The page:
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Ordered Weighted Averaging in Social Networks

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  • Manuel Förster

    ()
    (CES - Centre d'économie de la Sorbonne - CNRS : UMR8174 - Université Paris I - Panthéon-Sorbonne, CORE - Université Catholique de Louvain (UCL) - Belgique)

  • Michel Grabisch

    ()
    (CES - Centre d'économie de la Sorbonne - CNRS : UMR8174 - Université Paris I - Panthéon-Sorbonne, EEP-PSE - Ecole d'Économie de Paris - Paris School of Economics - Ecole d'Économie de Paris)

  • Agnieszka Rusinowska

    ()
    (CES - Centre d'économie de la Sorbonne - CNRS : UMR8174 - Université Paris I - Panthéon-Sorbonne, EEP-PSE - Ecole d'Économie de Paris - Paris School of Economics - Ecole d'Économie de Paris)

Abstract

We study a stochastic model of influence where agents have yes-no inclinations on some issue, and opinions may change due to mutual influence among the agents. Each agent independently aggregates the opinions of the other agents and possibly herself. We study influence processes modelled by ordered weighted averaging operators. This allows to study situations where the influence process resembles a majority vote, which are not covered by the classical approach of weighted averaging aggregation. We provide an analysis of the speed of convergence and the probabilities of absoption by different terminal classes. We find a necessary and sufficient condition for convergence to consensus and characterize terminal states. Our results can also be used to understand more general situations, where ordered weighted averaging operators are only used to some extend. Furthermore, we apply our results to fuzzy linguistic quantifiers.

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Paper provided by HAL in its series Université Paris1 Panthéon-Sorbonne (Post-Print and Working Papers) with number halshs-00746988.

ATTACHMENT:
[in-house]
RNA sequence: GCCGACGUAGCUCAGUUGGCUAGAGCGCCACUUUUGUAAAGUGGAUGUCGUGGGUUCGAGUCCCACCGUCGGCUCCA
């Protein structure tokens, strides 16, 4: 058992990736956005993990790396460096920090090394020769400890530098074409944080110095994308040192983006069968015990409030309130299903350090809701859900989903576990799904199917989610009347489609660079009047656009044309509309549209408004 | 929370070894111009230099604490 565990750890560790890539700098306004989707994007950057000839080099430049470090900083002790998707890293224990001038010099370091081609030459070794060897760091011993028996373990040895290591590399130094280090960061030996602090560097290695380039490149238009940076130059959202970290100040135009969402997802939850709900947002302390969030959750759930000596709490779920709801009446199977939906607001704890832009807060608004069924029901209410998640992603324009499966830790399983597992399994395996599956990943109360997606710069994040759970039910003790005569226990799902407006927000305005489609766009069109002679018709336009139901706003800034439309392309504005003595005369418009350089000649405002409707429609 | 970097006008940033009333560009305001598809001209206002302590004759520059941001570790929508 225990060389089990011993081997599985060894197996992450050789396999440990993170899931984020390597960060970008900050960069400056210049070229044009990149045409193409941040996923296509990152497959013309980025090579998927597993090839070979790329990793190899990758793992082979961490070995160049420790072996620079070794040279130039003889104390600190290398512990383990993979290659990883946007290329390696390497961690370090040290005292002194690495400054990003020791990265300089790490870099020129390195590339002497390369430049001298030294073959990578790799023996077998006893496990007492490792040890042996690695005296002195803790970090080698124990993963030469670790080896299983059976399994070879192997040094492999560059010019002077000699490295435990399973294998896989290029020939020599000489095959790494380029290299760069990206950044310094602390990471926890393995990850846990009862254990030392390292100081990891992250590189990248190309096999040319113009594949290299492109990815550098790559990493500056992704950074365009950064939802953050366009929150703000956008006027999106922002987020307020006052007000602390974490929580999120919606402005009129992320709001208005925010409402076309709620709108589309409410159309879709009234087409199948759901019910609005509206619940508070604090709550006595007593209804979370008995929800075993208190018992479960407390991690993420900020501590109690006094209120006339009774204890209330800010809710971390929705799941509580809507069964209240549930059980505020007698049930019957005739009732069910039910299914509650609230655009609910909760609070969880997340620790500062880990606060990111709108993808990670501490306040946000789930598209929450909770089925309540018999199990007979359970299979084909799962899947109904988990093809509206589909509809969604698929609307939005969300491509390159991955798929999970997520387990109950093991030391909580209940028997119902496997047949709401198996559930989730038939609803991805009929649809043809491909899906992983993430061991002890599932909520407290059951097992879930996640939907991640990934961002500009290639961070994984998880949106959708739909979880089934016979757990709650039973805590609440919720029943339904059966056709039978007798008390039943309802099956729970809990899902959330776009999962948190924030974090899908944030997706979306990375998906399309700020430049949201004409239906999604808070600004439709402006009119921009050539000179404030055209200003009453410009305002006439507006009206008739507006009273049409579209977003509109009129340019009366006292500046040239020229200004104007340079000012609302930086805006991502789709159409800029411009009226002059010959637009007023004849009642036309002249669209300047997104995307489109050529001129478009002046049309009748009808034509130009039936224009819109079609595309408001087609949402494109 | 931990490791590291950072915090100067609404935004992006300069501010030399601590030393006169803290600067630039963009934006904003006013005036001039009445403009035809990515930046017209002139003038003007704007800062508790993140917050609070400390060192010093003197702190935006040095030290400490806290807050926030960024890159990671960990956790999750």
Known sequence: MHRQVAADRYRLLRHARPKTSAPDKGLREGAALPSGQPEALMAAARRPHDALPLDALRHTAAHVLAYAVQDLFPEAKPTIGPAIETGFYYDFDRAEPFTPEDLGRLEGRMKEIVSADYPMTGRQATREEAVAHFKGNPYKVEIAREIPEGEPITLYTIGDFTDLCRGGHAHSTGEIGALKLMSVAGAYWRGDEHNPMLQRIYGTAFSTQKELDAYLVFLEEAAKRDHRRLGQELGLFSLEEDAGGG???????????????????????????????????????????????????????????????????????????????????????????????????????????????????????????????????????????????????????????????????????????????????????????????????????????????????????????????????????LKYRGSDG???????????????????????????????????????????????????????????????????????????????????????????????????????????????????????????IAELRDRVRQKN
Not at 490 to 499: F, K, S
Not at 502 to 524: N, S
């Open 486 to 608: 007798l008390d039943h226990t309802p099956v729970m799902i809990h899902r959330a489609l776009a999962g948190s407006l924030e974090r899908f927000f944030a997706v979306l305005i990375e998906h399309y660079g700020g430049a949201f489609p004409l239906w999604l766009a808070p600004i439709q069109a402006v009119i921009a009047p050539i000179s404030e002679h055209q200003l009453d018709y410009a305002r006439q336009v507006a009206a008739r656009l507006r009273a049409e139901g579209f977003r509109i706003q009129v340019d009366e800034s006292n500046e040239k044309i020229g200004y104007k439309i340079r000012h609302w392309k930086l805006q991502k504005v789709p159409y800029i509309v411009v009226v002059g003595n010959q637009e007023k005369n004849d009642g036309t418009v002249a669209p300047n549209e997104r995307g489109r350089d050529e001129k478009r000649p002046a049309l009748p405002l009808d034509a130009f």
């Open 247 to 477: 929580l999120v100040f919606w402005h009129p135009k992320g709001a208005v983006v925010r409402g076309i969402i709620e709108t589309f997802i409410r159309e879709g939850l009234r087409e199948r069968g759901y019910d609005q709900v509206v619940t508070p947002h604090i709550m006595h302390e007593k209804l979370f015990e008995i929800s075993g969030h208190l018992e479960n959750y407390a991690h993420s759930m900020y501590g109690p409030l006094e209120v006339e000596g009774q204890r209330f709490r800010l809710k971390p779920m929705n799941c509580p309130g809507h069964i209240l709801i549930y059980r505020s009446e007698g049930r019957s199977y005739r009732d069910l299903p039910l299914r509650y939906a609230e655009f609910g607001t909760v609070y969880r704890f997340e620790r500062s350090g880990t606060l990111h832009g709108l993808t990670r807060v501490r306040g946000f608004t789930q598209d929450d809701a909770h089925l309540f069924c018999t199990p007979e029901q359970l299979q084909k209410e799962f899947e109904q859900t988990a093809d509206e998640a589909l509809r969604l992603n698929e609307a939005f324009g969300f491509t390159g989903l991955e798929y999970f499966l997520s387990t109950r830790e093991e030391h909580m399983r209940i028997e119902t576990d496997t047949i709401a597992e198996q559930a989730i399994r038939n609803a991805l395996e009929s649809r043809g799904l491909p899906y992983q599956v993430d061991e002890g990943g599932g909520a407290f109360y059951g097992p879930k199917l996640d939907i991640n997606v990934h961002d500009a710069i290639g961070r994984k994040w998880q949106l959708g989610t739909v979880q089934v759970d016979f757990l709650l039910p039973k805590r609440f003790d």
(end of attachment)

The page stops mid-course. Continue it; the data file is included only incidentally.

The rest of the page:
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Date of creation: Aug 2012
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Handle: RePEc:hal:cesptp:halshs-00746988

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Keywords: Social network; influence; convergence; speed of convergence; consensus; ordered weighted averaging operator; fuzzy linguistic quantifier.;

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  1. Berno Buechel & Tim Hellmann & Stefan Kloessner, 2012. "Opinion Dynamics under Conformity," Working Papers 469, Bielefeld University, Center for Mathematical Economics.
  2. Berno Buechel & Tim Hellmann & Michael M. Pichler, 2011. "The Dynamics of Continuous Cultural Traits in Social Networks," Working Papers 457, Bielefeld University, Center for Mathematical Economics.
  3. Dunia López-Pintado, 2004. "Diffusion In Complex Social Networks," Working Papers. Serie AD 2004-33, Instituto Valenciano de Investigaciones Económicas, S.A. (Ivie).
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  8. Jacek Malczewski & Claus Rinner, 2005. "Exploring multicriteria decision strategies in GIS with linguistic quantifiers: A case study of residential quality evaluation," Journal of Geographical Systems, Springer, vol. 7(2), pages 249-268, 06.
  9. Gale, Douglas & Kariv, Shachar, 2003. "Bayesian learning in social networks," Games and Economic Behavior, Elsevier, vol. 45(2), pages 329-346, November.
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  11. Antoni Calvó-Armengol & Matthew O. Jackson, 2009. "Like Father, Like Son: Social Network Externalities and Parent-Child Correlation in Behavior," American Economic Journal: Microeconomics, American Economic Association, vol. 1(1), pages 124-50, February.
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Cited by:
  1. Merlone, U. & Radi, D., 2014. "Reaching consensus on rumors," Physica A: Statistical Mechanics and its Applications, Elsevier, vol. 406(C), pages 260-271.
  2. Manuel Förster & Michel Grabisch & Agnieszka Rusinowsk, 2013. "Anonymous Social Influence," Working Papers 2013.51, Fondazione Eni Enrico Mattei.
  3. PARDO-GARCIA, Christina & SEMPERE-MONERRIS, Jose J., 2013. "Equilibrium mergers in a composite good industry with efficiencies," CORE Discussion Papers 2013067, Université catholique de Louvain, Center for Operations Research and Econometrics (CORE).
  4. MLINAR, Tanja B. & CHEVALIER, Philippe, 2013. "Pooling in manufacturing: do opposites attract?," CORE Discussion Papers 2013040, Université catholique de Louvain, Center for Operations Research and Econometrics (CORE).

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